Unlicensed Processors
There are two different concepts of licensing processors.  One is referred to as software license restrictions where the operating systems and applications within the partition are limited to a fixed number of processors.  The other concept is hardware license restrictions where the server itself limits the number of cores that can be assigned to the partitions on the server.

Software Based Processors Limits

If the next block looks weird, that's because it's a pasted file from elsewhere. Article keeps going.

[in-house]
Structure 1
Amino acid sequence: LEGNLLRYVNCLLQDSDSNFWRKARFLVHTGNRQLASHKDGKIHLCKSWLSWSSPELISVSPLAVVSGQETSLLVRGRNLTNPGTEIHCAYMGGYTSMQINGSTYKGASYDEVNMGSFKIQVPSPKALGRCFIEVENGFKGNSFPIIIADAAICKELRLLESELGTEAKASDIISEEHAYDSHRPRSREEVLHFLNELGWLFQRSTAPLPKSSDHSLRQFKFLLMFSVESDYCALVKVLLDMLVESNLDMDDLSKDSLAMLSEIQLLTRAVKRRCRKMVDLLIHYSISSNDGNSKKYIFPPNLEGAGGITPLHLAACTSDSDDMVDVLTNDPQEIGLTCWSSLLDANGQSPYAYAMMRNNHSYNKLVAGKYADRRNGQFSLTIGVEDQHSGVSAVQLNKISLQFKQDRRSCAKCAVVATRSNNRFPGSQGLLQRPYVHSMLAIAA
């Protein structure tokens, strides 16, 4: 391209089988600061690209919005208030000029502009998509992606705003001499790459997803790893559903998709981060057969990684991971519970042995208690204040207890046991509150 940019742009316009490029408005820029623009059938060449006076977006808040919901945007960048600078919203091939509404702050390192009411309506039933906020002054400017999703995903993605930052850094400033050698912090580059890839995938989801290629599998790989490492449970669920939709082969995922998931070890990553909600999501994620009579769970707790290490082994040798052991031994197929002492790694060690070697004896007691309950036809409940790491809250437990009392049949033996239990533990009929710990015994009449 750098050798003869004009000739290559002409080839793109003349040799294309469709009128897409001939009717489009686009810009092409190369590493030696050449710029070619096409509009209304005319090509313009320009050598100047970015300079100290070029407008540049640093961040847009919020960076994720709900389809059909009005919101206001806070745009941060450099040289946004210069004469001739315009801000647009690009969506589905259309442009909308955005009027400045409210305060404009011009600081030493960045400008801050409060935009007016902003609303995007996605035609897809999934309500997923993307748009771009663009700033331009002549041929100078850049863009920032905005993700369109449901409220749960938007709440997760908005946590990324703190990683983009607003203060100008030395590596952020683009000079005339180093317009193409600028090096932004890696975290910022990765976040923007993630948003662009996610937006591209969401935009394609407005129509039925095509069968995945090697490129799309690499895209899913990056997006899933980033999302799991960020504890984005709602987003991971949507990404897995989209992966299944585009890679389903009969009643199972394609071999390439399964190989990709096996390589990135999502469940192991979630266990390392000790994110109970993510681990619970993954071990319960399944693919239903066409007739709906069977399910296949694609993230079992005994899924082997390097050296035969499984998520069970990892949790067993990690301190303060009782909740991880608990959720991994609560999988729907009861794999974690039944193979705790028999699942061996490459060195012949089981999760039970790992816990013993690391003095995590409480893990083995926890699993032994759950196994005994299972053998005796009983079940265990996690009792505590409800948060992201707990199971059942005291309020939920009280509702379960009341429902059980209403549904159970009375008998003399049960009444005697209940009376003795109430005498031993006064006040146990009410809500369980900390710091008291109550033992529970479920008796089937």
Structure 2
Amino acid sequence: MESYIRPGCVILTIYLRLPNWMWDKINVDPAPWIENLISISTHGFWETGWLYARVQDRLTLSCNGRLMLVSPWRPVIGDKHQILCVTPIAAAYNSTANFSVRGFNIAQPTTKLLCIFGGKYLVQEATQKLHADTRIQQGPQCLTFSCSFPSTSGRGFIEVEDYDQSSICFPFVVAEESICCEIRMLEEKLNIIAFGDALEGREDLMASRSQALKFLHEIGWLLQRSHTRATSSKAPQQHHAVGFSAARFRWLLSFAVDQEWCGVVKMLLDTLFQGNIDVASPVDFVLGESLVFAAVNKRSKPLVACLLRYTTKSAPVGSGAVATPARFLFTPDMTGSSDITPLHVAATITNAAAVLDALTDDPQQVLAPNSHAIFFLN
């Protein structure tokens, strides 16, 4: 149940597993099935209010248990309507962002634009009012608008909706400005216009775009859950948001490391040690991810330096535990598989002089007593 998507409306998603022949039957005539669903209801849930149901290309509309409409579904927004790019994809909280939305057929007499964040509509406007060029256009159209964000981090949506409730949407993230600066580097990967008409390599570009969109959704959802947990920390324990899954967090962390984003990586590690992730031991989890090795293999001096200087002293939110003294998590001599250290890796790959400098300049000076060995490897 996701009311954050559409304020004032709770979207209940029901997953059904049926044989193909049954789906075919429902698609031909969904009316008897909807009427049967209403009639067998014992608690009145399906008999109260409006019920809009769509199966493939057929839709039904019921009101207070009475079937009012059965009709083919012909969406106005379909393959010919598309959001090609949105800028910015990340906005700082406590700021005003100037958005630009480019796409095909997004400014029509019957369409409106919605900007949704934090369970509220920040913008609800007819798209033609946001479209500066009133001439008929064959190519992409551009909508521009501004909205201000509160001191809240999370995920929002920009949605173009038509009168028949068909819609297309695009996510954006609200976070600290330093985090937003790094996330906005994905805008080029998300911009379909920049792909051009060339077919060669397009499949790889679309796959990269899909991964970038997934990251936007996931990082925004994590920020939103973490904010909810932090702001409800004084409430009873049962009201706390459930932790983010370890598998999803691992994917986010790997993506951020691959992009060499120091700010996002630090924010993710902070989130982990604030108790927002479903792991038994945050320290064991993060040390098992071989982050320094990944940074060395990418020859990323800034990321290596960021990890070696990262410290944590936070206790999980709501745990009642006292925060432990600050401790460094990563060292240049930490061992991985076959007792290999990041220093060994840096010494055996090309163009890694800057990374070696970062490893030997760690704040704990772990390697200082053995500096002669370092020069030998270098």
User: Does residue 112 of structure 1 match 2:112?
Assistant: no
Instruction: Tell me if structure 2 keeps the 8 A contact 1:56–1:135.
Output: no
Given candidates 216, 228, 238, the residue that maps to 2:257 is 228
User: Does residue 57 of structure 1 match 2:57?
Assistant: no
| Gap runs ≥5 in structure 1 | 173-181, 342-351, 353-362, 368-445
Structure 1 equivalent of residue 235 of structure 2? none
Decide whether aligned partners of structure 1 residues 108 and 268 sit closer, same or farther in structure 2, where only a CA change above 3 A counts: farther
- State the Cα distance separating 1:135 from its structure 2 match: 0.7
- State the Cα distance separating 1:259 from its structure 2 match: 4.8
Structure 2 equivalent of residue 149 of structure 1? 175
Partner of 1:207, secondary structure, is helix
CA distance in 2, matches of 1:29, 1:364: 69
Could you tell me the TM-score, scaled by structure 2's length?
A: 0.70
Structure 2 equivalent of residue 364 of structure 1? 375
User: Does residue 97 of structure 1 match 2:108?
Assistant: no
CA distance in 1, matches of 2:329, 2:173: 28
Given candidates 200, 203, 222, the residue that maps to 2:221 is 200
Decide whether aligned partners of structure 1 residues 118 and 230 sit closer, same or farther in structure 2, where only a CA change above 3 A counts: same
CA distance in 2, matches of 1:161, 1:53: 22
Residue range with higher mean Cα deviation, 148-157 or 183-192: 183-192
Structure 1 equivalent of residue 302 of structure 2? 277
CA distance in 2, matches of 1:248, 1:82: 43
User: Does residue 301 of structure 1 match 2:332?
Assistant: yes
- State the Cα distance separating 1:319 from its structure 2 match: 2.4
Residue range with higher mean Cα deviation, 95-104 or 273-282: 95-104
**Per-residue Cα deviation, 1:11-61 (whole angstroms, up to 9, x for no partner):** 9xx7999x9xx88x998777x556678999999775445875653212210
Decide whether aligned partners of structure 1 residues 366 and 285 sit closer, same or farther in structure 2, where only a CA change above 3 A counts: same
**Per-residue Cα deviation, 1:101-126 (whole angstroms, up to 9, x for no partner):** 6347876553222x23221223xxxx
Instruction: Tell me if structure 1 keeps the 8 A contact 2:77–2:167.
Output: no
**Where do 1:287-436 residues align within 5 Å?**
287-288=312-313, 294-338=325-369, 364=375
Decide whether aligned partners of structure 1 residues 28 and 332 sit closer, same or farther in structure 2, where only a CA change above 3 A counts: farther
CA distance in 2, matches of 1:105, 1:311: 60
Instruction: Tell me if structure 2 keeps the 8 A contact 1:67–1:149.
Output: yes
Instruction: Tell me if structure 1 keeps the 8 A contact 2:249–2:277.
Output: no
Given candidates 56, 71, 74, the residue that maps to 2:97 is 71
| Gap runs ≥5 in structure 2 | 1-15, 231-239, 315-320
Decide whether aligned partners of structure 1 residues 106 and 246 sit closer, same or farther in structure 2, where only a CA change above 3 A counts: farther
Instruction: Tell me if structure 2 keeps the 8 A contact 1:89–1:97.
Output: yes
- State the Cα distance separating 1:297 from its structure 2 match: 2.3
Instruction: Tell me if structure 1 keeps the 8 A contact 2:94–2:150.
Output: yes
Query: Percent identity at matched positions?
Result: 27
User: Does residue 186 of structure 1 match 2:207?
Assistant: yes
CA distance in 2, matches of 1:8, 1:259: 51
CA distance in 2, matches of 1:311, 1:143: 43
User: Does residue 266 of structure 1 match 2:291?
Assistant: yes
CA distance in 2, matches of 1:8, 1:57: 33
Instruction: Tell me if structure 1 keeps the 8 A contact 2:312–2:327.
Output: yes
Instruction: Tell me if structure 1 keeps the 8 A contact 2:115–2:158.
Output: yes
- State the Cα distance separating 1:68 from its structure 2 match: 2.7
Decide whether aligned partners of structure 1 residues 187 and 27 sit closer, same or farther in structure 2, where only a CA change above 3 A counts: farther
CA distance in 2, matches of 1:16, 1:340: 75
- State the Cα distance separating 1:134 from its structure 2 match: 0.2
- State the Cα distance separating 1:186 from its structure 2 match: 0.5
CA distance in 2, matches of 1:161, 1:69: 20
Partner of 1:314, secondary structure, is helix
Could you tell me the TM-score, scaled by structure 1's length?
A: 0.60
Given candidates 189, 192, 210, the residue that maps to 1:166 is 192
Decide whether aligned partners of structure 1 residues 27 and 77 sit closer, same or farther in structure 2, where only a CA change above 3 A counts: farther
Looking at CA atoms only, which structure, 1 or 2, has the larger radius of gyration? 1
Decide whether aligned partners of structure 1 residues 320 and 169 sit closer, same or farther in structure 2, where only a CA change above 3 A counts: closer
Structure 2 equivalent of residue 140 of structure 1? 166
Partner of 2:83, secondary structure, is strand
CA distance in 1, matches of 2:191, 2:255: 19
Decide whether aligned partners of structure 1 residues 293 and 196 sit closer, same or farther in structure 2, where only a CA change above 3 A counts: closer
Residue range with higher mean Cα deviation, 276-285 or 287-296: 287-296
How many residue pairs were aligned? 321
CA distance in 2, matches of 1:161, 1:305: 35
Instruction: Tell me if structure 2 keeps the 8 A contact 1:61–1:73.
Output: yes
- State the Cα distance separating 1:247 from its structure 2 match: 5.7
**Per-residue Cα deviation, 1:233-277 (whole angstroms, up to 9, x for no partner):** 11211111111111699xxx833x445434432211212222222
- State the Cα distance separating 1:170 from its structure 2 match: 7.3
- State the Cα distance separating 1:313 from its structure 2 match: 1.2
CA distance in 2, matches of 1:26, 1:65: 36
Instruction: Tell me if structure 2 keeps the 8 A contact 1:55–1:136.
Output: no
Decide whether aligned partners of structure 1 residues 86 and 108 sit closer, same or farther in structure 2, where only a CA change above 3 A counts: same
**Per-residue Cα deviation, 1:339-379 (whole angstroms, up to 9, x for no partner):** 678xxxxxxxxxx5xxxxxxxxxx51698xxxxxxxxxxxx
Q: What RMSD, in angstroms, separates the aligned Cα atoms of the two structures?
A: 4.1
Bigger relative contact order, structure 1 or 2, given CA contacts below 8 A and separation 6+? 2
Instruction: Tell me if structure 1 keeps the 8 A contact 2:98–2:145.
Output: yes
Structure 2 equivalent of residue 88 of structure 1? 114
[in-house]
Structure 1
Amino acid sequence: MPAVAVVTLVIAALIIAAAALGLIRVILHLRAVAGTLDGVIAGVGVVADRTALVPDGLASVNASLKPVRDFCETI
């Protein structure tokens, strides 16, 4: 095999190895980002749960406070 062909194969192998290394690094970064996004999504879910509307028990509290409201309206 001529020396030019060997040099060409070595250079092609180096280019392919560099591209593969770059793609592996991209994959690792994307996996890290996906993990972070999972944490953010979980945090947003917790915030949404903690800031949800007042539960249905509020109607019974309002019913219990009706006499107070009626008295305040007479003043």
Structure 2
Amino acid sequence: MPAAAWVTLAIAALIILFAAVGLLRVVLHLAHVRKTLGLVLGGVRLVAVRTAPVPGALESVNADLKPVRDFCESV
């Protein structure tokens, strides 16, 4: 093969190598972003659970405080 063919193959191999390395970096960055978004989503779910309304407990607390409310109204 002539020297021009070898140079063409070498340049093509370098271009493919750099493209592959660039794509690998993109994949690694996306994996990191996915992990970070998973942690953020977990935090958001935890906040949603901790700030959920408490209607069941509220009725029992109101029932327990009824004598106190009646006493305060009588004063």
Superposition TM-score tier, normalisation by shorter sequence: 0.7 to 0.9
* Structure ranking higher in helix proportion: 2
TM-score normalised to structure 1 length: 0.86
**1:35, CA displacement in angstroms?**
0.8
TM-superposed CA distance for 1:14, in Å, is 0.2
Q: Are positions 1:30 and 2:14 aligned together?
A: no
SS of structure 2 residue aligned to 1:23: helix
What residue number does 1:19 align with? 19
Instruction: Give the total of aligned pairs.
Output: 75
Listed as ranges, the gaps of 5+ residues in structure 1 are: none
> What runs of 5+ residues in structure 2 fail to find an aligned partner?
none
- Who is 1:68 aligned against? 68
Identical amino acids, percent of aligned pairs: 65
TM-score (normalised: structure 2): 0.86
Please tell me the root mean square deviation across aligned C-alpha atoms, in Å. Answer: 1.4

There are a couple ways to manage situations where there are software limits on processor usage.  One common way where there are software imposed limits is to use the Field Core Override (FCO) feature available from the Advanced System Management (ASM) interface.  Note, the FCO option is only available on the entry level Power servers; i.e. it is not available on the enterprise class servers.  From the HMC you can select Advanced System Management and after signing on to the server you can select the Field Core Override option.  The following is an example of the FCO panel (Note-You can only change the FCO setting when the server is powered off):